Then things went quiet in his case until, on May 7, his lawyer filed a motion to get funds in a Utah bank released he said had been seized without warning. It argued that Sullivan is entitled to a hearing at which he can contest that he committed a crime and the funds being seized came from the crime.
Accordingly, the federal courts have held that when the government restrains a criminal defendant’s assets before trial on the assertion that they may be subject to forfeiture, due process requires that the defendant be afforded a post-deprivation, pretrial hearing to challenge the restraint. If certain minimal conditions are satisfied, “[t]he wholesale use of…forfeiture proceedings [should cause] grave concern when the Government has clearly focused its law enforcement energies and resources upon a person and attempts to restrain his property….” United States v. $39,000 in Canadian Currency.” 801 F.2d 1210, 1219 n.7 (10th Cir. 1986).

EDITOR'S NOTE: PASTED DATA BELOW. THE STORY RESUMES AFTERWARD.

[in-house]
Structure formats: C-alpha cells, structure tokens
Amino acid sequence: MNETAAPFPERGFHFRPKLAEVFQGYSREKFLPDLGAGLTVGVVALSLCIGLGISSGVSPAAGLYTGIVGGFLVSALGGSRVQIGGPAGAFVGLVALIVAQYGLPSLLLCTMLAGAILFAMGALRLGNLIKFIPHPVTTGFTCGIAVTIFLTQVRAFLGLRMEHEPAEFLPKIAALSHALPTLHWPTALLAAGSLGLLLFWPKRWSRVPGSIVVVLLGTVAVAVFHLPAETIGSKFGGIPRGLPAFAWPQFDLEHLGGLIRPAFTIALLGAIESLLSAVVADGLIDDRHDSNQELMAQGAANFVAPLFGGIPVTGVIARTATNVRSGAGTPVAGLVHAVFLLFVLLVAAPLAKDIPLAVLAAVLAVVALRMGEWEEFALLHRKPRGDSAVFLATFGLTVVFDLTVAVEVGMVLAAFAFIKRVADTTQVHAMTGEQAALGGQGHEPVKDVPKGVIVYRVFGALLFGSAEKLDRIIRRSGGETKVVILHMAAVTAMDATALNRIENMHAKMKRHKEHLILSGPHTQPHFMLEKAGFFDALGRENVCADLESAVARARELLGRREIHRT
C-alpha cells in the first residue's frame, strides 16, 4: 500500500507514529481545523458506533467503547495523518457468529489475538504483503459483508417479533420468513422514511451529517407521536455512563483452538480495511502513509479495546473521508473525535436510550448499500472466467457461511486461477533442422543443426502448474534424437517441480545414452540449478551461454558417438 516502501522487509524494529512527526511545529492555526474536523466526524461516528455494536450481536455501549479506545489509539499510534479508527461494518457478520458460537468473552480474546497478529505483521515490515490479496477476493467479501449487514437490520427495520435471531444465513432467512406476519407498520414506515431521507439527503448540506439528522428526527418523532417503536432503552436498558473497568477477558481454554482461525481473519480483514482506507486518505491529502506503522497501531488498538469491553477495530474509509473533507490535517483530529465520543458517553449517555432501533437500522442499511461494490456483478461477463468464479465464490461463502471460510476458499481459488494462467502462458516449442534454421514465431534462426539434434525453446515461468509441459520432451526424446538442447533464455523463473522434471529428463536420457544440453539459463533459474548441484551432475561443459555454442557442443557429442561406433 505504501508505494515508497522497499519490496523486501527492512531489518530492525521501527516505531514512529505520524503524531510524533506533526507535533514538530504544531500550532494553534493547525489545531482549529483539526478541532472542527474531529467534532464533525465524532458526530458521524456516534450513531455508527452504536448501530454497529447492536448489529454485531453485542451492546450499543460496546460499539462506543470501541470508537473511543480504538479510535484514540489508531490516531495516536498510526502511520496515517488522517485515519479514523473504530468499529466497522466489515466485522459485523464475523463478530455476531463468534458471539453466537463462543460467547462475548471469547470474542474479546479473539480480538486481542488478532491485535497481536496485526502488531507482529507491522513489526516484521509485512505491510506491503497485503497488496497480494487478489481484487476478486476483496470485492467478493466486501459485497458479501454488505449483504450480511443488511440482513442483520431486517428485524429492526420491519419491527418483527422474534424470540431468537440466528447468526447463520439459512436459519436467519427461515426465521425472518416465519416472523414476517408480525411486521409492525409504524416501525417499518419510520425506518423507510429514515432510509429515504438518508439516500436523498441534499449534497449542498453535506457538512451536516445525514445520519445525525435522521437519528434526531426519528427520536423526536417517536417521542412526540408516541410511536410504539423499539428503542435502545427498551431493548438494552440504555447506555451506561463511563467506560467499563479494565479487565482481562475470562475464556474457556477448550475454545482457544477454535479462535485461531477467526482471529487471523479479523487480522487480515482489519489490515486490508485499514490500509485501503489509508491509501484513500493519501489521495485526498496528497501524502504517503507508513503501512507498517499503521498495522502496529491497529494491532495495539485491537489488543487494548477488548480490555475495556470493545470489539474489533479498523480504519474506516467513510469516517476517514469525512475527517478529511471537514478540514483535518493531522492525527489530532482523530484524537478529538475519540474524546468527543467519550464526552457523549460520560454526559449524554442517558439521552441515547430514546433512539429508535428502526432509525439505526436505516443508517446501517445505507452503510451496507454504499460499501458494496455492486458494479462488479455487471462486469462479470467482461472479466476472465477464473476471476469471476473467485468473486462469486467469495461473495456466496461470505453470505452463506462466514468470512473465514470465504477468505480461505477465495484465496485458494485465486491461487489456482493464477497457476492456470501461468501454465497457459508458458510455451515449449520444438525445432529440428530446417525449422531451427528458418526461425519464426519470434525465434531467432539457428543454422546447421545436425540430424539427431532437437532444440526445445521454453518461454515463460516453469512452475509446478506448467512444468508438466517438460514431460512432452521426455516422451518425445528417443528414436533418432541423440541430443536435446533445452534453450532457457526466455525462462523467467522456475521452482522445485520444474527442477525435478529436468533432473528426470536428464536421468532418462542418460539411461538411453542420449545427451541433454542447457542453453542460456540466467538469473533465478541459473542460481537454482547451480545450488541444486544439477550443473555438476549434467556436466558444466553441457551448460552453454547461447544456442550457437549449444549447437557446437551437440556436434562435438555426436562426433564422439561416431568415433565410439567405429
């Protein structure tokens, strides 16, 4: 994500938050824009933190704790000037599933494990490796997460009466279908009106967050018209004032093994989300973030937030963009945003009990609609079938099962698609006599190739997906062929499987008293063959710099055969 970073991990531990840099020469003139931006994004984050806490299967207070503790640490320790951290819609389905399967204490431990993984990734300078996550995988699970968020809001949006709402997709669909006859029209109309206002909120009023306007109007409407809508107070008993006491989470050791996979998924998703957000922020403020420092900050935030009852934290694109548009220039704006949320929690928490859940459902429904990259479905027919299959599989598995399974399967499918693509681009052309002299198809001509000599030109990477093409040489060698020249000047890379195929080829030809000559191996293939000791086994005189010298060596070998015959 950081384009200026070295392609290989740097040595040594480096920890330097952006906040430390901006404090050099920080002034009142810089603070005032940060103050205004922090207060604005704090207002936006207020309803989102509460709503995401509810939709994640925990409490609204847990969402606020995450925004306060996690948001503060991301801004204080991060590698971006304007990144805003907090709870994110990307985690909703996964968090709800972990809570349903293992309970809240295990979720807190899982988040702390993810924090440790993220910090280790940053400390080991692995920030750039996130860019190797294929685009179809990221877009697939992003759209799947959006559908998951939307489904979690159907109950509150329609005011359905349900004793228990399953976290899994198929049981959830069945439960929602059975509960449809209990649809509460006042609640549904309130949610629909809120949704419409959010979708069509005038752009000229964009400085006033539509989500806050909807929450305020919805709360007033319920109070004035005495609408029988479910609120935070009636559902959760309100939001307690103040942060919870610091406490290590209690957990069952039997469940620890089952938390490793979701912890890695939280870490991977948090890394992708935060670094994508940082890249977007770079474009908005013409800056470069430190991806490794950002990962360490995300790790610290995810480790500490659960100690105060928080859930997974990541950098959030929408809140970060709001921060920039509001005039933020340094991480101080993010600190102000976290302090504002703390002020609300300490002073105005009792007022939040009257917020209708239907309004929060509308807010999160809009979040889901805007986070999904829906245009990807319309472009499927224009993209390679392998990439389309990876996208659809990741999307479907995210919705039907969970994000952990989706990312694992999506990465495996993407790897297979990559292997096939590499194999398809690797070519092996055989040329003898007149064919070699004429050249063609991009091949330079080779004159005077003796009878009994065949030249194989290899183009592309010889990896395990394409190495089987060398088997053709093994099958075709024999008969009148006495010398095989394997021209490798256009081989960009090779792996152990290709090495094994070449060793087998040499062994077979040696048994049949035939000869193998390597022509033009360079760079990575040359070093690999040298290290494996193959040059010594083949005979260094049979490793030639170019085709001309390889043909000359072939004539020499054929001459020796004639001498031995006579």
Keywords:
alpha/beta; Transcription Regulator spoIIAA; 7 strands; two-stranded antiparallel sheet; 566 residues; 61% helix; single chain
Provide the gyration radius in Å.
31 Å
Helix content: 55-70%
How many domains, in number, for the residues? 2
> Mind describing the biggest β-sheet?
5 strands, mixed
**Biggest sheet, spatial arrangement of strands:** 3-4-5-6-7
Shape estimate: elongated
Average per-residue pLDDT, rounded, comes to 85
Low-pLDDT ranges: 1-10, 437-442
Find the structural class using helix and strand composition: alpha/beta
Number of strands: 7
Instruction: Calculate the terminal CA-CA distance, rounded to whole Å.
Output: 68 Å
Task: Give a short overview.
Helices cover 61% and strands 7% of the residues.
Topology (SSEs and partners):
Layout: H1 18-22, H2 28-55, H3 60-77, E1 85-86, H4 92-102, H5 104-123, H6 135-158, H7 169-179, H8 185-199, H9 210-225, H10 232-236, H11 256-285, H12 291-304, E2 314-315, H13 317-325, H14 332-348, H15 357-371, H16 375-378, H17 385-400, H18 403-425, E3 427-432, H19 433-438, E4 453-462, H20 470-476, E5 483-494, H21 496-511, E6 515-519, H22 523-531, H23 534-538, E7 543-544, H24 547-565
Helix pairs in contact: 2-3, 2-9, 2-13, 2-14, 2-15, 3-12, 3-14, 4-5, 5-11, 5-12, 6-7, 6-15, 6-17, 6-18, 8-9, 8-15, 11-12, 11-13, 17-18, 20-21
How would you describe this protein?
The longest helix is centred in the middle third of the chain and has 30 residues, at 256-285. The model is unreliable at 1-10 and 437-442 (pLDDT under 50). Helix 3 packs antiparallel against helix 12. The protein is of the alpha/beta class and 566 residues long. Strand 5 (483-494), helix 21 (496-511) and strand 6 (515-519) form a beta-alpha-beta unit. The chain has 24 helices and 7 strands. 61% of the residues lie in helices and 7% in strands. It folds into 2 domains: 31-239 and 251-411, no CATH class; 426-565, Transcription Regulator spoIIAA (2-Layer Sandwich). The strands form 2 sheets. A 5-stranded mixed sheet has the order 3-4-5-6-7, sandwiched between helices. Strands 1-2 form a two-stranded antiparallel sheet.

The United States Supreme Court has made clear that pretrial seizure, pursuant to 21 U.S.C. Sec. 853 (f) requires two probable cause findings: (1) that the defendant committed an offense permitting forfeiture and (2) that the property at issue has the requisite connection to that crime.” Kaley v. United States, 134 S. Ct 1090,1095 (2014).
At the outset, defendant notes that he needs the funds in the seized bank account in order to pay his rent and household necessities. Additionally, the proceeds of the seized bank account are not the product of criminal activity alleged in the indictment.
Thus the new indictment, I guess.
The indictment ties the forfeiture not to Sullivan’s civil disorder charge, which would seem to make sense given Sullivan’s past history of profiting off inciting violence at peaceful protests, but instead to Sullivan’s obstruction charge. That seems to argue that Sullivan’s filming of the insurrection, in which he cajoled police to step down (including from the confrontation before Babbitt was shot) and cheered on the seizure of the Capitol, was part of the successful obstruction of the vote count.